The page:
Updated: 4 days ago
I have started and re-started multiple blog posts in the past week, but none of them feel quite right. In each, I’m either ignoring this present Coronavirus epidemic or I’m trying to make my information applicable to everyone affected, which is impossible since everyone has their own path in this. Since neither approach has been working, I am about to just take you through what I’m doing during this terribly unusual and unfortunate headline-making pandemic.
At first, I was mildly annoyed by all of the fuss. I’m a nurse and don’t get terrifically excited about illnesses. I was keeping my distance from my elderly mother and not being greedy in the stores, just being conscious of what was going on but not alarmed.
As it escalated, it became pretty personal.
Here’s how. Last week the urgent care center where I work informed me that they were becoming a Covid-19 testing and respiratory care center…the next day! That was a shock, to say the least. And my mind had to make a huge shift. I would be on the front lines of exposure to this contagion and would need to stop seeing my mom and the rest of my family, just in case I am contagious, although at this point we have plenty of personal protective equipment (PPE) at my job. I would need to be supportive of a whole new type of patient and would have to let go of any opinions I had about the whole thing, as well as my emotions, at least while at my job.
At home, things are quiet.
Our monthly family dinners with grown kids and grandchildren are canceled indefinitely, and there are daily phone calls to my mom and our kids to check on them and our ten grandchildren. I'm getting dressed every day. My morning devotions are becoming my necessity again. My husband and I are trying to take a walk every day. I have time to cook dinner without being pressed for time. I’m starting to realize that I may even be able to start back into some of my old favorite hobbies: sewing, family genealogy research, and reorganizing our house. I am working more than my usual, but have no places to go, or people to see, so there is still time for the things that I’ve always felt rushed at.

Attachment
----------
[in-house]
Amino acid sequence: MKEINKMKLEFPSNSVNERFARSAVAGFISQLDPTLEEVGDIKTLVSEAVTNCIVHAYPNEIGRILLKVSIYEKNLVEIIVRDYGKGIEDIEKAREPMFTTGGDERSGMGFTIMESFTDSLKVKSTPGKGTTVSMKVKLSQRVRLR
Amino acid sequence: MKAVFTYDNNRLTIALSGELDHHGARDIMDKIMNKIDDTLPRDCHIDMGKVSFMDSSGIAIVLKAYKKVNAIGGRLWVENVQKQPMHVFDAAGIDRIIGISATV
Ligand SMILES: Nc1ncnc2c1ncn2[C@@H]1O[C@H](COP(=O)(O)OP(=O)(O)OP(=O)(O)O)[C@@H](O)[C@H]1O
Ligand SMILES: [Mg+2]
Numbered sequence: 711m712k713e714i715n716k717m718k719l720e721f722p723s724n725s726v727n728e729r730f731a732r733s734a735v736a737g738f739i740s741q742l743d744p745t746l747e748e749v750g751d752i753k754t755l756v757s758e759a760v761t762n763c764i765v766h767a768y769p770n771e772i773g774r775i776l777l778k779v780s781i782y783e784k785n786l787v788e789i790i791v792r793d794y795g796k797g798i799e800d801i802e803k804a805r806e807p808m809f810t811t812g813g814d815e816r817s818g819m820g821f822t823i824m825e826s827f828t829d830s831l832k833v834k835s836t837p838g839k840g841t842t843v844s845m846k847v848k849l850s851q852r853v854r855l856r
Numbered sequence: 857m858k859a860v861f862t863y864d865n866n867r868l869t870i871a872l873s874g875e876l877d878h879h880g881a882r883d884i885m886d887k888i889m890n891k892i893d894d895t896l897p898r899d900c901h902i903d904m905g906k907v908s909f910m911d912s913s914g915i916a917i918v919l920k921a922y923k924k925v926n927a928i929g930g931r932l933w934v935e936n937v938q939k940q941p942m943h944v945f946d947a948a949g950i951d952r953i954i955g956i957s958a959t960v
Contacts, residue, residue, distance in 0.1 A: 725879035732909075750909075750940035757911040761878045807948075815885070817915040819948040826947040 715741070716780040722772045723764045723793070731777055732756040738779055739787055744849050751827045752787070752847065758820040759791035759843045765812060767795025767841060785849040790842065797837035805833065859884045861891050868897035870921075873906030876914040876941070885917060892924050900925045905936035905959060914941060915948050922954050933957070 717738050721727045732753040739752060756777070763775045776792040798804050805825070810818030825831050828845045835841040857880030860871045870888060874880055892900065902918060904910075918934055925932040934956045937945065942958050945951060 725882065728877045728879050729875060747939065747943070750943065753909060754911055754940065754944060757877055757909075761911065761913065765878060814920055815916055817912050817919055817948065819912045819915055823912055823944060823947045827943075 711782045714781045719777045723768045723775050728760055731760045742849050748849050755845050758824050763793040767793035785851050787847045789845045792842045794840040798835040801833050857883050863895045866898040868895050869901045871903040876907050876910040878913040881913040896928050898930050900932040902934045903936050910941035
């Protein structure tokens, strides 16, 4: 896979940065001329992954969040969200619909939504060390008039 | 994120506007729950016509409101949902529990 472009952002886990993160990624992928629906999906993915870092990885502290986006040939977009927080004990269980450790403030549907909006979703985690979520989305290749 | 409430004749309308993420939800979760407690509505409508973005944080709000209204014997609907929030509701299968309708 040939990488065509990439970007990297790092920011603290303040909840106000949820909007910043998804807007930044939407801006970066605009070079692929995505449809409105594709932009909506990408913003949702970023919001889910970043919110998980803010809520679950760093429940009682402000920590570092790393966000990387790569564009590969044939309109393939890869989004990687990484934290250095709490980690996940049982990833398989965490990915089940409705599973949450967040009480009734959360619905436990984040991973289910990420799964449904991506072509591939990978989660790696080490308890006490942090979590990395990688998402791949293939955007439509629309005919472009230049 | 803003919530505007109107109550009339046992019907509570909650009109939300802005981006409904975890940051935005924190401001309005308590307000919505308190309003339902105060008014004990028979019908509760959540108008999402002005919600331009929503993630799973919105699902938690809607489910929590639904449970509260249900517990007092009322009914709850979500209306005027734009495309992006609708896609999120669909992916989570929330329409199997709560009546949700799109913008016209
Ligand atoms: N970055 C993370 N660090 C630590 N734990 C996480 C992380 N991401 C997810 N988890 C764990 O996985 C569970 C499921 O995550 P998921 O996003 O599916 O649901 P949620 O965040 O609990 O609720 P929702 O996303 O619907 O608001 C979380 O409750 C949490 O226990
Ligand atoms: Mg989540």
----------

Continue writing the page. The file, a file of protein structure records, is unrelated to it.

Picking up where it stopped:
In less than a week’s time, I’m noticing more beauty around me, seeing things I haven’t seen in a long time and thankful for what I have. I notice the trees black against an orange sunrise on my way out of the house to go to work. I hear an owl hooting in the woods while out for a walk. I’m watching the grass greening up and red tips starting to come out on the trees as I look out the window at my desk. We are noticing ways that God has been providing for us and preparing us for this very thing, and we are praising Him for all that He gives us. These are all things I would likely have missed in the hurried state I was previously in. We are learning to slow down and it feels good.
I’m loving all of the creative business ideas and kids’ entertainment and education ideas that are popping up on social media to help everyone stay connected. In a local town, there is a “Bear Hunt” for kids (although adults are also getting involved), based on a book. Lots of people are placing stuffed bears in windows and yards so that when folks go for a walk they can try to spot how many they see. A zoo has started a daily Facebook live on a different animal each day and includes an at-home children’s activity.
Better yet, businesses, both near and far, are changing their manufacturing patterns and making medical masks, face shields and ventilators. Churches and businesses are seeing that truckers have what they need in order to get their loads through. Even (or especially) when people aren't supposed to get any closer than 6 feet, we are seeing evidence of them coming together in different ways that are maybe just as important. This Covid-19 virus is taking so much away, but let's not forget what it is giving to us.
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